“He won’t have to know. You teach me to drive when nobody’s around, and I won’t tell Dad you’re kissing the maids.”
Crane laughed conspiratorially. “Okay, kid, we’ll do it.”
Kat was pleased with this arrangement. She had often asked her father to let her drive, but he had always refused. Now she thought about what fun it would be to drive, and she skipped back into the house. For the next ten minutes she wandered around tasting the canapés and petit fours. She was finally interrupted by her father, who appeared with Lucy Daimen at his side.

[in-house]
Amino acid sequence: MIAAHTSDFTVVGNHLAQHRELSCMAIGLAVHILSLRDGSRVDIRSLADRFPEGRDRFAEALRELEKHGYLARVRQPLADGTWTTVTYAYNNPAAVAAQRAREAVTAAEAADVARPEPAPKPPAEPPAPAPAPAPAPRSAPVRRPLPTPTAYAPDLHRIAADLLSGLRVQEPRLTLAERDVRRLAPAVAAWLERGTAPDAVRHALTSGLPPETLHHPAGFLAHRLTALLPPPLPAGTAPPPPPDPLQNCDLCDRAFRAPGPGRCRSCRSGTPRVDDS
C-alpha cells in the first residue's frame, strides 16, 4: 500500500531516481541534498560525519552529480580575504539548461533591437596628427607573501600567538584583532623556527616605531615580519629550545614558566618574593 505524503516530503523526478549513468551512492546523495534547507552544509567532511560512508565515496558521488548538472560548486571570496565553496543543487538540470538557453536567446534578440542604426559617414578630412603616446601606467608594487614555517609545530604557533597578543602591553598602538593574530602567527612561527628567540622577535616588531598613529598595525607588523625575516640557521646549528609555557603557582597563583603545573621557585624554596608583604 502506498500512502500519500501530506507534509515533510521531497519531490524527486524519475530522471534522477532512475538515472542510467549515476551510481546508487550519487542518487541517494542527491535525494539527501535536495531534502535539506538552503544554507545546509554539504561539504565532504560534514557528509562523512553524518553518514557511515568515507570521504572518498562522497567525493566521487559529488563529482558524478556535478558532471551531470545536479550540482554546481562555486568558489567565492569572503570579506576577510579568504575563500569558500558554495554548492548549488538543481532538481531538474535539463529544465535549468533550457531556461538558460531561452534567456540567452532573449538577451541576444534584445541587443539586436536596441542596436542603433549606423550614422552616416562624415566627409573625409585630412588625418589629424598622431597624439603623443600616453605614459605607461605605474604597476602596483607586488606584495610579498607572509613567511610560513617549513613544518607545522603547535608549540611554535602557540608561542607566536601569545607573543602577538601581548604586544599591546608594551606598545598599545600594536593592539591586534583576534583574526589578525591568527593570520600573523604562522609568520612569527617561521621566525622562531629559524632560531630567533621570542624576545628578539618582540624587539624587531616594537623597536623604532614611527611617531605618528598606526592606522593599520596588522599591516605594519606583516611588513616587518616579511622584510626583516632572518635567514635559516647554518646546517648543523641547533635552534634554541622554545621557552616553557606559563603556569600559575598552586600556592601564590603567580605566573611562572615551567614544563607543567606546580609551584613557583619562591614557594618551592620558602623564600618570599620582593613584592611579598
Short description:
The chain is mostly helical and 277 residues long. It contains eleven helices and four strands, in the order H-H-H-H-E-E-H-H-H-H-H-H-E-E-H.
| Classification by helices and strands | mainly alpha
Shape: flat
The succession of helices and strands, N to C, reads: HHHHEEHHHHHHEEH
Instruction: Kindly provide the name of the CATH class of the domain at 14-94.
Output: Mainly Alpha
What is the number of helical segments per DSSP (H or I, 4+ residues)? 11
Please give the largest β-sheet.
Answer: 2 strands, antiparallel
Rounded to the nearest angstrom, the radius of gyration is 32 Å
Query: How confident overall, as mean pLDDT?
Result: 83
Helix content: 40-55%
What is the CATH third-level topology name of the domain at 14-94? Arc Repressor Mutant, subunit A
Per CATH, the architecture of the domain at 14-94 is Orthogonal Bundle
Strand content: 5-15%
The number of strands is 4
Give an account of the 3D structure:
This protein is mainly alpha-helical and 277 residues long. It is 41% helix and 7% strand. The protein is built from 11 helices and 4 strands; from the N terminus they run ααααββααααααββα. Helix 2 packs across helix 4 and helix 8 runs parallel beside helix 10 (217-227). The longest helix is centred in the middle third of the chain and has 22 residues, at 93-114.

“Are you ready for the party, Kat?” he asked.
Lewis Winslow carried his fifty-five years well. He had always been slim and had gained little weight over the years. His light brown hair had minute flecks of gray, and his dark brown eyes peered at her from his squarish face. For some
reason, he did not seem particularly happy at this moment, though he smiled warmly at his youngest daughter.